Contemplative Leaders in Action gives young adults chance to develop leadership through an Ignatian lens

Sid Hastings

At the end of the day, when students are ready to clean off their desks and pack their bags, third graders at Incarnate Word School in Chesterfield take a few minutes to reflect on their day.

During Lent, teacher Mary Staten introduced to her students the Examen, a prayer method developed by St. Ignatius of Loyola to review a person's day in the presence of God. The five-step method includes asking for God's grace to see His presence, giving Him thanks, reviewing the day's events, seeking forgiveness for wrongdoing and making a resolution for the next day.

"The Examen brings you closer to God," said student Declan O'Grady. "By telling Him your feelings, you can become more comfortable with Him."

Introducing the prayer method to the third-graders was Staten's capstone project as part of the Contemplative Leaders in Action, a two-year program that cultivates Ignatian spirituality and leadership in young professionals in their 20s and 30s. Participants learn how to polish their communication and leadership skills, build a community of peers in a variety of occupations, learn Ignatian techniques for making decisions, praying and effectiveness, reflect on their role in the world and how they can lead.

The program, offered through the Jesuits' Maryland and USA Northeast Provinces, has existed in other parts of the country for about a decade and is completing its second year in St. Louis, said regional coordinator Tom Auffenberg.

"It's definitely an opportunity to grow spiritually," Auffenberg said. "All of it is done through an Ignatian lens and focusing on the unique qualities of Ignatian leadership."

Each cohort meets monthly from September through June on the campus of Saint Louis University for discussion, spiritual readings and guest speakers. Participants attend a retreat at the beginning of their first year and another at the end of their second year. They also complete a capstone project during their second year, which benefits their church, family, workplace or other community.

Staten learned about the program through a former teacher at Cor Jesu Academy. "I was attracted by the pull of the community setting, faith and leadership growth," she said. The program has helped her better understand discernment, which she said "is a huge part of prayer. I'm learning better to see how God is working in my life."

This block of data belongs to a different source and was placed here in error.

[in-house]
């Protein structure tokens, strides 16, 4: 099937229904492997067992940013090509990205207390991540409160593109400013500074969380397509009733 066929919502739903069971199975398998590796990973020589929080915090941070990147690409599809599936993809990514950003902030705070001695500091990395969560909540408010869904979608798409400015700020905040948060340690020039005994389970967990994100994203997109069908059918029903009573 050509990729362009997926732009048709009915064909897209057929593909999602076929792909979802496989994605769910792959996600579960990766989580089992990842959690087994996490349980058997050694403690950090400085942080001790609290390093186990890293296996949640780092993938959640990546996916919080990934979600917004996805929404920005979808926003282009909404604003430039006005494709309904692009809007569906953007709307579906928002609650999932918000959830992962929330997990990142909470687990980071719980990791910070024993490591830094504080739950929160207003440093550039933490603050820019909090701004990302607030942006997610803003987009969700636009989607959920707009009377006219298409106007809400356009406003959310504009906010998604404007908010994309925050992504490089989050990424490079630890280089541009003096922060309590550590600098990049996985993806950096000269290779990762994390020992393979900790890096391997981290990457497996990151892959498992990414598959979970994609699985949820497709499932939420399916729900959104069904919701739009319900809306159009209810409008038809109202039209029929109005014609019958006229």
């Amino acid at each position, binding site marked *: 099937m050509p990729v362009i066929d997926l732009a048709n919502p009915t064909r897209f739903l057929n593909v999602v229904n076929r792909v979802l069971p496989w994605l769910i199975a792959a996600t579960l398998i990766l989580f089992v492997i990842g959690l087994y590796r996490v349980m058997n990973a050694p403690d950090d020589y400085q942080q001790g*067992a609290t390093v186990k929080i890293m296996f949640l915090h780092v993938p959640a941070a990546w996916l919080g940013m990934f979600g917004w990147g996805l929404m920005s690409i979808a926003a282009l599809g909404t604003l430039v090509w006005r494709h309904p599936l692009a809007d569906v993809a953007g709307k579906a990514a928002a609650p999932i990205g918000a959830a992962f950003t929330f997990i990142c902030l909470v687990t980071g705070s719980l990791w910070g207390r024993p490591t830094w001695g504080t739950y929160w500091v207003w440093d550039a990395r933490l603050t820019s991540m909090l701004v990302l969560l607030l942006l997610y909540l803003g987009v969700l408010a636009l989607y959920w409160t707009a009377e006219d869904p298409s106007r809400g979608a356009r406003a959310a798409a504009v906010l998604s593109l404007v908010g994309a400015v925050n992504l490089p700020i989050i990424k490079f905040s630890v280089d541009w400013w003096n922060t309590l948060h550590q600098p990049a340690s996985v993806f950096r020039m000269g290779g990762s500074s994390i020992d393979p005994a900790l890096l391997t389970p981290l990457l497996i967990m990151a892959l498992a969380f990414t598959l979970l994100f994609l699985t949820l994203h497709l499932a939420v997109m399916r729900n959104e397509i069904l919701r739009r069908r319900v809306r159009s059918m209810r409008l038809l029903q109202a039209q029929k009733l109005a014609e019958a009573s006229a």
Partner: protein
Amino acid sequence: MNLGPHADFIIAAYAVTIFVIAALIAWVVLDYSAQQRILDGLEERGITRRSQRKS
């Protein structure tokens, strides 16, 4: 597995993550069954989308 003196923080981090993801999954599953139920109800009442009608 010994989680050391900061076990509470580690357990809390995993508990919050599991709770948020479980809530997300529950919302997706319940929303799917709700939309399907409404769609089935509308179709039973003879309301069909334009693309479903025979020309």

Rebecca Cunningham, who also finished the program in May, has been working on a doctorate in developmental biology at Washington University in St. Louis. She became involved at St. Francis Xavier "College" Church as a volunteer youth minister. After some discernment and influence through her work at the College Church, Cunningham is applying this summer to study child psychology.

Members of Cunningham's cohort had to write their own First Principle and Foundation, which St. Ignatius originally wrote as a statement of human meaning and purpose and foundation to the spiritual life.

"It was very helpful in honing in on what I actually want to do with my life," Cunningham said. "It focused more on the question, 'Who do I want to be?' and not, 'What do I want to do?' That has been a very good thing I have learned from Ignatian spirituality. And the community of people has been fantastic."

Discernment has been another key learning moment for Cunningham. "It means trying to understand and see how God is moving in daily life, and in the bigger picture, in the past and future and what He is calling me to do," she said. "I am seeing how God is moving, but it is more defined." 

>> The Examen

St. Ignatius Loyola included in his Spiritual Exercises a prayer called the Examen, which comes from the Latin word for examination. These are the five steps of the prayer:

1. Place yourself in God's presence. Give thanks for God's great love for you.

2. Pray for the grace to understand how God is acting in your life.

3. Review your day — recall specific moments and your feelings at the time.

4. Reflect on what you did, said or thought in those instances. Were you drawing closer to God, or further away?

5. Look toward tomorrow — think of how you might collaborate more effectively with God's plan. Be specific, and conclude with the "Our Father."

Source: The Society of Jesus (Jesuits) 

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